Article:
Scientific Reports includes a TPU article in top 100 publications

The article Improving Color Rendering of LED Lighting for the Growth of Lettuce by the scientists from Tomsk Polytechnic University was included in the top 100 research studies about plants, published in the highly rated journal Scientific Reports (IF 4.259, Q1) in 2017.

Scientific Reports is one the scientific journals published by the international publishing company Nature Publishing Group (NPG). The main and most famous journal released by NPG is Nature. A series of Nature journals (Nature Physics, Nature Photonics and others), a series of Nature Reviews journals, including a series of biological journals and a series of journals devoted to clinical practice in various sections of medicine, a number of academic journals, and popular science magazines also belong to the company.

According to the editors of Scientific Reports, in 2017 the journal published nearly 700 research articles devoted to plant science. The top 100 articles include research outcomes obtained by scientists from leading universities across the globe.

‘It is an extraordinary achievement to be positioned in the top 100 most highly read articles– your science is of real value to the research community. You can access all the highly rated articles within this category by visiting our Top 100 in plant science page’, says the report.

The authors of the article are Director of TPU School of Advanced Manufacturing Technologies, Ass.Prof. Alexey Yakovlev from Division of Materials Science and Assistant Vitaliy Vaganov from Division of Materials Science. The research was jointly conducted with scientists from Chongqing University of Arts and Sciences (China) and Southwest University (China).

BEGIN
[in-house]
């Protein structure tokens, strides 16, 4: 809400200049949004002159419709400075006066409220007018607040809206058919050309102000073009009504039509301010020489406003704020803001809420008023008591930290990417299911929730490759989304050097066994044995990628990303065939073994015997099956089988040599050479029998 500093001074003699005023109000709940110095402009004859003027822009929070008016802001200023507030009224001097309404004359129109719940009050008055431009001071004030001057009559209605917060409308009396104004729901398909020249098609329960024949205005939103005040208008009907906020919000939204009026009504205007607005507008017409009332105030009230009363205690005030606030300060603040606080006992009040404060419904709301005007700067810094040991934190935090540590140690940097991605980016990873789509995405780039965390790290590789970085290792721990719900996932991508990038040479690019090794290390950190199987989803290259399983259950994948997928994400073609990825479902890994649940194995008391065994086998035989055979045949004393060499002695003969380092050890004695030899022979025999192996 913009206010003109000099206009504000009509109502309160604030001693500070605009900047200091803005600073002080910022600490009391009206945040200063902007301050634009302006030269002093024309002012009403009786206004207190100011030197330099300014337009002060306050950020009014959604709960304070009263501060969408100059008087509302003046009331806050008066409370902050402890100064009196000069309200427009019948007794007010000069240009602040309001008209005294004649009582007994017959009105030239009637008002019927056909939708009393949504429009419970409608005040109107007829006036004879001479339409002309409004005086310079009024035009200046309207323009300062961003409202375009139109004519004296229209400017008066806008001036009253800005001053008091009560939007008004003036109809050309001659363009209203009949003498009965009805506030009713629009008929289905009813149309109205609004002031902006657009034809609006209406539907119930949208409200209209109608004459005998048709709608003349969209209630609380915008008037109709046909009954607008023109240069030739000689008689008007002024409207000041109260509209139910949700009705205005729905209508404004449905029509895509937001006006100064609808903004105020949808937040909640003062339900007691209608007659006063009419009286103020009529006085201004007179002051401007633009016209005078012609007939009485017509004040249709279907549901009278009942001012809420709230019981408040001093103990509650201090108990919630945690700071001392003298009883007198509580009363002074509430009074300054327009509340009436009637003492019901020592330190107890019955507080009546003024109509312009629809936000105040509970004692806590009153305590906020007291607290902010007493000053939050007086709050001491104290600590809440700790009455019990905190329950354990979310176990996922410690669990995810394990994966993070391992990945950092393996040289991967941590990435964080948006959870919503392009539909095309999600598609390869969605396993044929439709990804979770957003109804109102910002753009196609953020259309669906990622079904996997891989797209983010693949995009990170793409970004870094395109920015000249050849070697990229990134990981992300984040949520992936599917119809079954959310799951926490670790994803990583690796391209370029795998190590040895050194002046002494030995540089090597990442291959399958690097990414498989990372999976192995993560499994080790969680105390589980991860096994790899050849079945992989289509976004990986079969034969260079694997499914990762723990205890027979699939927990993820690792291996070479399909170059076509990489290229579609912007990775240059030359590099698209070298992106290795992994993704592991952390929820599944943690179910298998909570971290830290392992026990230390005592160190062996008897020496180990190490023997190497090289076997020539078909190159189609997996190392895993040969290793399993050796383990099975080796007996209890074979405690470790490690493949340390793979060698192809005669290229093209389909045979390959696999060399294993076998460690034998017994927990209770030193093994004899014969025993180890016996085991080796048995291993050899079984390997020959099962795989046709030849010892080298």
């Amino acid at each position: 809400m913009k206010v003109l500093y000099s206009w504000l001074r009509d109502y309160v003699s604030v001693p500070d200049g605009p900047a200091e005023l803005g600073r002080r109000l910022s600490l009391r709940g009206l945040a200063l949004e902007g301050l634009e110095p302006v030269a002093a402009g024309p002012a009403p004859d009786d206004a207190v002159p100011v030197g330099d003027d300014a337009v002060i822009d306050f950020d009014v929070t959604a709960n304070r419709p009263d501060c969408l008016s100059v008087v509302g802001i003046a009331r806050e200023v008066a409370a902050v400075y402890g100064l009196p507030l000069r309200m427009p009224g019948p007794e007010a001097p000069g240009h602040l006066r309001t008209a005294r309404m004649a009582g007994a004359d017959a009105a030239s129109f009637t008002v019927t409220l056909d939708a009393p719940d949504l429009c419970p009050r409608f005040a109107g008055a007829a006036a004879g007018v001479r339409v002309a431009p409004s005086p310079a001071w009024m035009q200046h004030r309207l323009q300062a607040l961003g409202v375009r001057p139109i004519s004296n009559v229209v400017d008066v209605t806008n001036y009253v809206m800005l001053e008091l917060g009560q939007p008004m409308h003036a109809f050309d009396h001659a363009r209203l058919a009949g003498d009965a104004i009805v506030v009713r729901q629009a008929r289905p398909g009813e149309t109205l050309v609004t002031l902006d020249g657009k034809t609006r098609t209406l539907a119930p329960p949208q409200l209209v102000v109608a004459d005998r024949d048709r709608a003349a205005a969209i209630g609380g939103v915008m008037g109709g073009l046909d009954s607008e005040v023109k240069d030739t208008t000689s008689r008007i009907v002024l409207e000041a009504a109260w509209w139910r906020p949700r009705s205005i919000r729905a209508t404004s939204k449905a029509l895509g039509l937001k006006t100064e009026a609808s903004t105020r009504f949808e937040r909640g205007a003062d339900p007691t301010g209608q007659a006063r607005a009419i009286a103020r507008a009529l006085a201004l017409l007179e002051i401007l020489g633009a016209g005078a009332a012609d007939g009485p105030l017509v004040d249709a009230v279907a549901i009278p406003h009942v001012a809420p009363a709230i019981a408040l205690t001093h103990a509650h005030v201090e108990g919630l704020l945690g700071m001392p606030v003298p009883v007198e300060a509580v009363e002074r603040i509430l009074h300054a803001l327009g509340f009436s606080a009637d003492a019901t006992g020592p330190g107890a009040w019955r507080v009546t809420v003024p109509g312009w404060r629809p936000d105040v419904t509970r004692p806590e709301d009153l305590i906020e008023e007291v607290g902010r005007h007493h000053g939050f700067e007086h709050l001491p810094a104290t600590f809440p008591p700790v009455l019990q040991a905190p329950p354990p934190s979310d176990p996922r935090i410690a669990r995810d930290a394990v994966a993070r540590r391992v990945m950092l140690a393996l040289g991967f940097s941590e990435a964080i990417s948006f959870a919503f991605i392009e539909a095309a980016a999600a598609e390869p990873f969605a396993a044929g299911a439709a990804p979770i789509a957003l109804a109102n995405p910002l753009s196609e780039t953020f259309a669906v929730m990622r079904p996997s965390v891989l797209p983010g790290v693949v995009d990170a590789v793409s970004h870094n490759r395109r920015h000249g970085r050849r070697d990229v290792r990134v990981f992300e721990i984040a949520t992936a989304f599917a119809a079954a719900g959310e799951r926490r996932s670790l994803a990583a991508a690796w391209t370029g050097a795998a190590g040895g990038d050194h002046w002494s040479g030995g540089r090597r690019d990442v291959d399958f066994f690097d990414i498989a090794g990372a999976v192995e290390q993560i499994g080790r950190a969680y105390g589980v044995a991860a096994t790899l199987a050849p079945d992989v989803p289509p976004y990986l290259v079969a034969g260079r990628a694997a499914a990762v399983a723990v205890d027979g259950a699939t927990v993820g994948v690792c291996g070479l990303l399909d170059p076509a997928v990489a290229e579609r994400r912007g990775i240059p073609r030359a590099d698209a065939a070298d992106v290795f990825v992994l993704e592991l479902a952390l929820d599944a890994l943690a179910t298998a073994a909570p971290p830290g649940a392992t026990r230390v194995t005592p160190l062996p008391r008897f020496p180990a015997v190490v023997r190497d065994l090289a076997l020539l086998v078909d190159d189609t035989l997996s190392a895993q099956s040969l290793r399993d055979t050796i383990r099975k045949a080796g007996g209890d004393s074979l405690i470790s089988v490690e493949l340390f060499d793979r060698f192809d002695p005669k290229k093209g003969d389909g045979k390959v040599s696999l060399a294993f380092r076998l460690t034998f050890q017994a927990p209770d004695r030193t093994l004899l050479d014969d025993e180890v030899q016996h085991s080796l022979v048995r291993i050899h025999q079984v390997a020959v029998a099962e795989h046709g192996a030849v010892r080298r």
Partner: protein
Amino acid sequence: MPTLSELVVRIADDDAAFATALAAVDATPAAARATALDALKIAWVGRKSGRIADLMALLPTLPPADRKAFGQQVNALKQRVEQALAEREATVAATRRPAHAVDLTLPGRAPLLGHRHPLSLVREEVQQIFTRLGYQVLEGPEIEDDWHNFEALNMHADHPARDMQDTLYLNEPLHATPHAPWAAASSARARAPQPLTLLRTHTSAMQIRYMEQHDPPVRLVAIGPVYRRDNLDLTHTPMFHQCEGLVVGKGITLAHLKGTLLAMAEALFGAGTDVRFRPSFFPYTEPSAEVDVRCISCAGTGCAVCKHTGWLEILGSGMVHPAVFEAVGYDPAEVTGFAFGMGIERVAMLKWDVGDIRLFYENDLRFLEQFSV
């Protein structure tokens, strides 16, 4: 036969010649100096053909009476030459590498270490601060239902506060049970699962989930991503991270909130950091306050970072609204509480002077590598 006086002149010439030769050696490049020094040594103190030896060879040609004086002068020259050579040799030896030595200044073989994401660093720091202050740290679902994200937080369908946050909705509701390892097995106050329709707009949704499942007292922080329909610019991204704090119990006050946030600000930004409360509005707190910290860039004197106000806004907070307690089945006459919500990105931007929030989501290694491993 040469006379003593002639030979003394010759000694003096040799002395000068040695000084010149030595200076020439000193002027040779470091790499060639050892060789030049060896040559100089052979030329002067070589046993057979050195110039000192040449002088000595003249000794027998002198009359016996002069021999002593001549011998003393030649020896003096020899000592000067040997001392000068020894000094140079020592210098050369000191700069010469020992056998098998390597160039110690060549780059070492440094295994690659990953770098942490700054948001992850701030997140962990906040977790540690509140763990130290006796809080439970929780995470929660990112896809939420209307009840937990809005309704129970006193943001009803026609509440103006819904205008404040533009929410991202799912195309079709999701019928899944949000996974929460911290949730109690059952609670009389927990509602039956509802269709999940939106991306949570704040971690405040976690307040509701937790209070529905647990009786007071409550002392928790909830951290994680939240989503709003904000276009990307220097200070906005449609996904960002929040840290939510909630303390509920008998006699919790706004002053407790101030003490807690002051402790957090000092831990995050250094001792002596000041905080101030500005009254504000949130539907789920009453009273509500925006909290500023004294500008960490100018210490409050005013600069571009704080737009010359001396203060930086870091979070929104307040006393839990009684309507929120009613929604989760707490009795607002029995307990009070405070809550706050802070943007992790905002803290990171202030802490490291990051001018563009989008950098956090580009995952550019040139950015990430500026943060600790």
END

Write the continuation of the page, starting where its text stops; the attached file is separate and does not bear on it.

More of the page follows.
The scientists propose a novel method for evaluating and searching for optimized LED lighting for plant growth using lettuce cultivation.

‘Light plays a vital role in the growth and development of plants. We proposed improving color rendering of LED lighting to accelerate lettuce growth through white lighting with high color rendering. Seven spectral LED lights were adopted to irradiate the lettuces under 150 μmol·m−2·s−1 for a 16 hd−1 photoperiod for the irradiation period of 16 hours per day,’ the authors explain.

The leaf area and number profiles, plant biomass, and photosynthetic rate under the as-prepared LED light treatments were investigated.

‘We assumed the absorption spectrum of fresh leaf to be the emission spectrum of ideal light and then evaluated the “color rendering” of as-prepared LED lights against the Pearson product-moment correlation coefficient and CIE chromaticity coordinates. Under the irradiation of red-yellow-blue light with high correlation coefficient of 0.587, the dry weights and leaf growth rate are 2–3 times as high as the sharp red-blue light.  The optimized LED light for lettuce growth can be presumed to be limited to the angle (about 75°) between the vectors passed through the ideal light in the CIE chromaticity coordinates,’ the article reports.